No, my husband is not named Doris. But his mother was and, though she died years ago, I invoke her name regularly, and he answers.
Beyond her sunny personality and her goofy sense of humor, Doris had a special skill that my husband inherited and that I am, sadly, lacking.
Doris could glance at leftovers—the tomato sauce, the cauliflower, the salsa—and gauge volume so perfectly she could always choose exactly the right container to store the food in.
This sounds like a little thing. But, to me, this little skill spoke of a stunning store of knowledge that confounded and amazed me, and has taught me a little something about craftsmanship—you can’t have a beautiful, impressive finished product without being fully in charge of the most mundane and seemingly inconsequential details of your craft.
I learned of her skill the first time I met Doris. My husband-to-be and I traveled across the US to visit his parents. His mother welcomed me in her sweet way and cooked a huge, fabulous dinner. I was mightily impressed with the meal—can we talk about her tamales? Her blackberry cobbler? I was thinking I should ask for her recipes.
But, first, wanting to impress my future mother-in-law, I tried to help clean up the kitchen. I who was, and still am, pretty much without skill or clue in the kitchen.
Doris asked me to find a plastic refrigerator container to store the leftover rice and beans. She directed me to a cupboard with plastic containers and lids of every size, perfectly organized.
I picked one that seemed right and handed it to Doris.
Long pause. A look from the container to me, to assess whether I was kidding. The realization that, no, I was serious.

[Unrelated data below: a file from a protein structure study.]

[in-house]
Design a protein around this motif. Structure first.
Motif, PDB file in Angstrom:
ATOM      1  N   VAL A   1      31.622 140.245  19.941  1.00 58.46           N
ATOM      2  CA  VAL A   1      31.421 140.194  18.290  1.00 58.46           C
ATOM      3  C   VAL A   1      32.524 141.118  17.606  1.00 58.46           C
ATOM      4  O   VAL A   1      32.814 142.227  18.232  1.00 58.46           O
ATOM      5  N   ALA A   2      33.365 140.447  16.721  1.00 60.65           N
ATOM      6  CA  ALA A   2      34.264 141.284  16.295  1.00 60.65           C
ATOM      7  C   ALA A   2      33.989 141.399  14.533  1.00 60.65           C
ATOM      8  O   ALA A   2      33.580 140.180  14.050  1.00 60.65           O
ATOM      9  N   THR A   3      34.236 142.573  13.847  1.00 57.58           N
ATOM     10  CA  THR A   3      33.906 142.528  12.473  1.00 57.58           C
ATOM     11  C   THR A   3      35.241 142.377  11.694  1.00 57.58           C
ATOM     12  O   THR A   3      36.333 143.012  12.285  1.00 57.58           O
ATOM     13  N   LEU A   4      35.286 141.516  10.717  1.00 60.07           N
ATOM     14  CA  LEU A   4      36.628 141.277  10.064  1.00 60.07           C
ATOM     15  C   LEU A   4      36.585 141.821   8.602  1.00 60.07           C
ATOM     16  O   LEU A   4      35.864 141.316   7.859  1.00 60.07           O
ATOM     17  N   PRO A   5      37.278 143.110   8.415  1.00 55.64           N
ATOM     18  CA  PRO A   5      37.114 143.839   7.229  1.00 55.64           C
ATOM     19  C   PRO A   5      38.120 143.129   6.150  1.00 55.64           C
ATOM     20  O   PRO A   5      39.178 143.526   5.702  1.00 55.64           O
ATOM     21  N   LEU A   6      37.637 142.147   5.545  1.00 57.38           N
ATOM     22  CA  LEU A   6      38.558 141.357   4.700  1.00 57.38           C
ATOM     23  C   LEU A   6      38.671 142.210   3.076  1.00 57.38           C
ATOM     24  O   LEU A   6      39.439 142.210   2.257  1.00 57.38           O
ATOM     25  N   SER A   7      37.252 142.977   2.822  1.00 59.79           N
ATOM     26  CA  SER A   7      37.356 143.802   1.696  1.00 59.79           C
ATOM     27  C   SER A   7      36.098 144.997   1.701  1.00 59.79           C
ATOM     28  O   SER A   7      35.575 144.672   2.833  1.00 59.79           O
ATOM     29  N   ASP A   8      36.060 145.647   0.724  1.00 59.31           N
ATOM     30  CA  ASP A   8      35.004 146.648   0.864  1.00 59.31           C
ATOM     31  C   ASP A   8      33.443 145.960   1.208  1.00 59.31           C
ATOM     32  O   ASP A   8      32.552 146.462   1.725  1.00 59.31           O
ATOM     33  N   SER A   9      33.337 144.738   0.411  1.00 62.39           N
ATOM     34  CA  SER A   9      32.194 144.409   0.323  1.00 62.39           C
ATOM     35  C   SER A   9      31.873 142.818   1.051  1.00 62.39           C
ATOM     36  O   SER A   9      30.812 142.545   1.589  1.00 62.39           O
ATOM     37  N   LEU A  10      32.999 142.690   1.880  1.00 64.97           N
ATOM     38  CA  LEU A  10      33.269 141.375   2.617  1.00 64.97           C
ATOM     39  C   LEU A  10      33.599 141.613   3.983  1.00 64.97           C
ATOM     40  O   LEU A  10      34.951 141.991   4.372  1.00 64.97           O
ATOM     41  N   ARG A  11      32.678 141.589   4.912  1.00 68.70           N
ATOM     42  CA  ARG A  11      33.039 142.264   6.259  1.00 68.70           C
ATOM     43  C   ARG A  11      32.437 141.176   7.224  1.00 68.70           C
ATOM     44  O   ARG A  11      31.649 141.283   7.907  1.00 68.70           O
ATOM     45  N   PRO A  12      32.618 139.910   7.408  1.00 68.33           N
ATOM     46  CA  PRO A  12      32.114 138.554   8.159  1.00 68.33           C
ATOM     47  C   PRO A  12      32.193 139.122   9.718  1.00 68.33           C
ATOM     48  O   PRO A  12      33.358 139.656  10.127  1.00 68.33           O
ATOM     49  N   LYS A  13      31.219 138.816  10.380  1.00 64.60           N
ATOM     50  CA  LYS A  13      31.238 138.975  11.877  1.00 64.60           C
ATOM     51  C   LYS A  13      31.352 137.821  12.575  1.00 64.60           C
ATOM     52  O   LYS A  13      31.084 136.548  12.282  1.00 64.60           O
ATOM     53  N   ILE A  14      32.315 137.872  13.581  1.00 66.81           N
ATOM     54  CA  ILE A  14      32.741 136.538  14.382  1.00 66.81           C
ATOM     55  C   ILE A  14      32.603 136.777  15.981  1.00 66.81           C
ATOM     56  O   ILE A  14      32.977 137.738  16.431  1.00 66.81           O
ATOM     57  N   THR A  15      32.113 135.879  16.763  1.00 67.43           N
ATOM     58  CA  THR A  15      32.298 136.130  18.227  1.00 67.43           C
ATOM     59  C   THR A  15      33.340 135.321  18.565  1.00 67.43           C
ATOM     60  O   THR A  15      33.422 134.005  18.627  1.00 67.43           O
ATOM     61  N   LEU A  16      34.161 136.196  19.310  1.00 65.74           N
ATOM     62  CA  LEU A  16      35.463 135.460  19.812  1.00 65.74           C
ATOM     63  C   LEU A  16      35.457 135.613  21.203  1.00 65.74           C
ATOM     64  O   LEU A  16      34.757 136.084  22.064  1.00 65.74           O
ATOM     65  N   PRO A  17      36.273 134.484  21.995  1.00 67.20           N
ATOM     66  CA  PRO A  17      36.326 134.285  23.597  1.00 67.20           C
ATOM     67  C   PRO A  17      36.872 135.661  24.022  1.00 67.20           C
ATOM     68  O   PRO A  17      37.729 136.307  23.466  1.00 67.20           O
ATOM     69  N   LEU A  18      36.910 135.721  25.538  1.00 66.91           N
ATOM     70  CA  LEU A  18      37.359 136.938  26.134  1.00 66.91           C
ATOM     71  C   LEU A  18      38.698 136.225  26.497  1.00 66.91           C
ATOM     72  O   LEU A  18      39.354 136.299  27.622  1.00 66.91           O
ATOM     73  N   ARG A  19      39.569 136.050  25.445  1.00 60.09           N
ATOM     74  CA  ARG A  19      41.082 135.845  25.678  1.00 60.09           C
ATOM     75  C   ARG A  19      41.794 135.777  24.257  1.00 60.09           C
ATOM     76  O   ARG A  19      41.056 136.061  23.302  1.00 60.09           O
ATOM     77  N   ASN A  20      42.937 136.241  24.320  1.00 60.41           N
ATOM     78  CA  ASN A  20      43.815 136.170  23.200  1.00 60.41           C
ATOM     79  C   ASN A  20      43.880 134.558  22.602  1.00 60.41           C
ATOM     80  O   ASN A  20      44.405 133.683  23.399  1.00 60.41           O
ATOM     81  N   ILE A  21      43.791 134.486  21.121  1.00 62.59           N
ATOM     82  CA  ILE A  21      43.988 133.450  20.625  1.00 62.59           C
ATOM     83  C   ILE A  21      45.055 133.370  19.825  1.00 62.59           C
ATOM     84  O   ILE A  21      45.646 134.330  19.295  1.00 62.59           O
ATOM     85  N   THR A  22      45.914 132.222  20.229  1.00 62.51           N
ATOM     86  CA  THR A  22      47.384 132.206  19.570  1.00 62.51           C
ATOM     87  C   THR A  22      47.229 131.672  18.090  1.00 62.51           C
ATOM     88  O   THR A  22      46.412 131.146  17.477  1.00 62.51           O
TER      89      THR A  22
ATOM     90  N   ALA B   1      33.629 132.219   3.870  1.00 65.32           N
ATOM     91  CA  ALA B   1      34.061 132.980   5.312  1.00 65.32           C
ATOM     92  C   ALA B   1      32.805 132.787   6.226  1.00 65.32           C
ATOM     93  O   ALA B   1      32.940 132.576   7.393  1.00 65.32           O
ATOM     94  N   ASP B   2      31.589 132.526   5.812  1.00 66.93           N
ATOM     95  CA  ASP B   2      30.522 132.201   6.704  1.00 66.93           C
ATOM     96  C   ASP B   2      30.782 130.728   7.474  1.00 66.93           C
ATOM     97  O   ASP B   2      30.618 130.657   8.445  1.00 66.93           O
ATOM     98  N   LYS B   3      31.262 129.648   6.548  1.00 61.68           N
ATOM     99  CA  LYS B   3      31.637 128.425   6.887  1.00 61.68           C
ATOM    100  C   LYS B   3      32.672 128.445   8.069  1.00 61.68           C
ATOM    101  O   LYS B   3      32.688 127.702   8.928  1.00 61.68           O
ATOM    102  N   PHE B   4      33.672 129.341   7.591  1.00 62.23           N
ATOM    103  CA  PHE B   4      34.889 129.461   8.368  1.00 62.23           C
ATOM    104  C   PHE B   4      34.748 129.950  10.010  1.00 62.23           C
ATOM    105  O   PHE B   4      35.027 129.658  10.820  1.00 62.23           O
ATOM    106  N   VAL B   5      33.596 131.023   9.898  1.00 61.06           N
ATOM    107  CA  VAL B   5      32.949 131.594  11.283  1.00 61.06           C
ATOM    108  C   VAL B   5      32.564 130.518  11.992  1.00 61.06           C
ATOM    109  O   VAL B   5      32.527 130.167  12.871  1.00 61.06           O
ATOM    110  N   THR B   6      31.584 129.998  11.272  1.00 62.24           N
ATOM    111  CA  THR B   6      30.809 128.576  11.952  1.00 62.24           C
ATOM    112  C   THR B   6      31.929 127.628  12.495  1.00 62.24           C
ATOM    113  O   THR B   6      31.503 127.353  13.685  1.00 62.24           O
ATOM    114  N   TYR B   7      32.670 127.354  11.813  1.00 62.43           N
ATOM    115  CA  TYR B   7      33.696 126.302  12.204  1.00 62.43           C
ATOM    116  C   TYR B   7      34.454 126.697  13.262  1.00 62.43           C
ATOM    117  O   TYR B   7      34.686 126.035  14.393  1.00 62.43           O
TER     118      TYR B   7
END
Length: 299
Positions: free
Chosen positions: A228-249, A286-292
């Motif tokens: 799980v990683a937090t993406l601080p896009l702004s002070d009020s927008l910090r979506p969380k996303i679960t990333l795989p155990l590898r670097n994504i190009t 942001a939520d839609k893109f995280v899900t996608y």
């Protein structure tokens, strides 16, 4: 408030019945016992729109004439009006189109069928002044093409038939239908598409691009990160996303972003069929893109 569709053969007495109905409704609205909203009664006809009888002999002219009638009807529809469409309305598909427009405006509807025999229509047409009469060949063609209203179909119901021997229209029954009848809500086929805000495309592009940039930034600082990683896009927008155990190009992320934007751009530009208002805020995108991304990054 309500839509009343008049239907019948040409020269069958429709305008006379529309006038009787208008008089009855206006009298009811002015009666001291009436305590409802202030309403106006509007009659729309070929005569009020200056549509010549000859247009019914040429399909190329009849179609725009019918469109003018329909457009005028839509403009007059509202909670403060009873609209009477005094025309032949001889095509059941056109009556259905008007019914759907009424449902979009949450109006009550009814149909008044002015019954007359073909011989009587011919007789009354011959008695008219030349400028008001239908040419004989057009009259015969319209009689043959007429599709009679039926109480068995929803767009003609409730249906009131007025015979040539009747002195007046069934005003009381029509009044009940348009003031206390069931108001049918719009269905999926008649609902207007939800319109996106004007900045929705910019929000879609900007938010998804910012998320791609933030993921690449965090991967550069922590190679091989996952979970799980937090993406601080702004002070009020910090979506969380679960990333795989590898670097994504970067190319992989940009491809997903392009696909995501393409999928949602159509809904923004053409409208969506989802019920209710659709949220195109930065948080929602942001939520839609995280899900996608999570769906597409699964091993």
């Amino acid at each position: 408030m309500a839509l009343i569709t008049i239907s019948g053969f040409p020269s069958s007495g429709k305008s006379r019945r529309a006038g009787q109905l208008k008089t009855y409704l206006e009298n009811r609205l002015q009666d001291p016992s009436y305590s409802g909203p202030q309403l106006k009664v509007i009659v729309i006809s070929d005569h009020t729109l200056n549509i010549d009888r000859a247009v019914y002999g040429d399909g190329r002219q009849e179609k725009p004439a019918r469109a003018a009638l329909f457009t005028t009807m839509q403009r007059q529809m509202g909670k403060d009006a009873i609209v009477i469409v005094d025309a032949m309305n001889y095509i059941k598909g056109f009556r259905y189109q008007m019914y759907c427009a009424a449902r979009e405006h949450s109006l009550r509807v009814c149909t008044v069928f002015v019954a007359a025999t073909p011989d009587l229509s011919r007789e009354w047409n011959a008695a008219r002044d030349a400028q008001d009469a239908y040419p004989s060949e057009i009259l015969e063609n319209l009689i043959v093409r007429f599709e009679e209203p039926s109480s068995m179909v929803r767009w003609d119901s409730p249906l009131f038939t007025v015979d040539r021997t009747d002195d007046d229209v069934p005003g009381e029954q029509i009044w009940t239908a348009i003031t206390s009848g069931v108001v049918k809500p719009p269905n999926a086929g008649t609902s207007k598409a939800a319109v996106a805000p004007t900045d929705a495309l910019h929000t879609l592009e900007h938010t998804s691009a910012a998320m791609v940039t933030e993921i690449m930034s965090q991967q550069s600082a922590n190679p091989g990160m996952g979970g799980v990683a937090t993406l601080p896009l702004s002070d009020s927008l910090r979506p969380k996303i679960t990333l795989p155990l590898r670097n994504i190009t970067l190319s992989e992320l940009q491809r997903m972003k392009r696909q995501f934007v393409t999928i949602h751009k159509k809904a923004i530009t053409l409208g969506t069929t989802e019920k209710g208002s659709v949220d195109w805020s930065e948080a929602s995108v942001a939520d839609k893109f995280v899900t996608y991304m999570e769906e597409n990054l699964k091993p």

And then Doris, the sweetest woman ever, laughed at me! She laughed at me in that way that says, “You poor pitiful child. Don’t you know anything?”
And she explained how the container I had chosen was way too big and she pointed out the one she wanted. And I KNEW she was wrong, that the designated container would be too small. I would be vindicated.
You can see where this is going. Doris spooned the leftovers into that container. She scraped every last bean and grain of rice right in there and it was perfect. Just right. Spot on.
I think I realized, right then, that Doris’s recipes, alone, wouldn’t do me any good.
She could make the food she made because she knew her kitchen, and its pots and pans and Tupperware, the way all experienced craftsmen know their tools.
It was this complete body of knowledge that underpinned the exquisite final products, the food that came from her kitchen.
Instead of asking for Doris’s recipes, I should’ve asked to be her apprentice!
Luckily for me, my husband inherited Doris’s love of all things kitchen. He is at home there and regularly concocts wonderful meals. He, too, depends on his knowledge of the tools of the trade and his long experience wielding those tools.
In all of this, my role is to clean the kitchen. So, here I am, 25 years later, still struggling with an unfamiliar art form. A medium not my own.
I call out, “Doris, is this the right container?” and Doris, in her son’s voice, answers.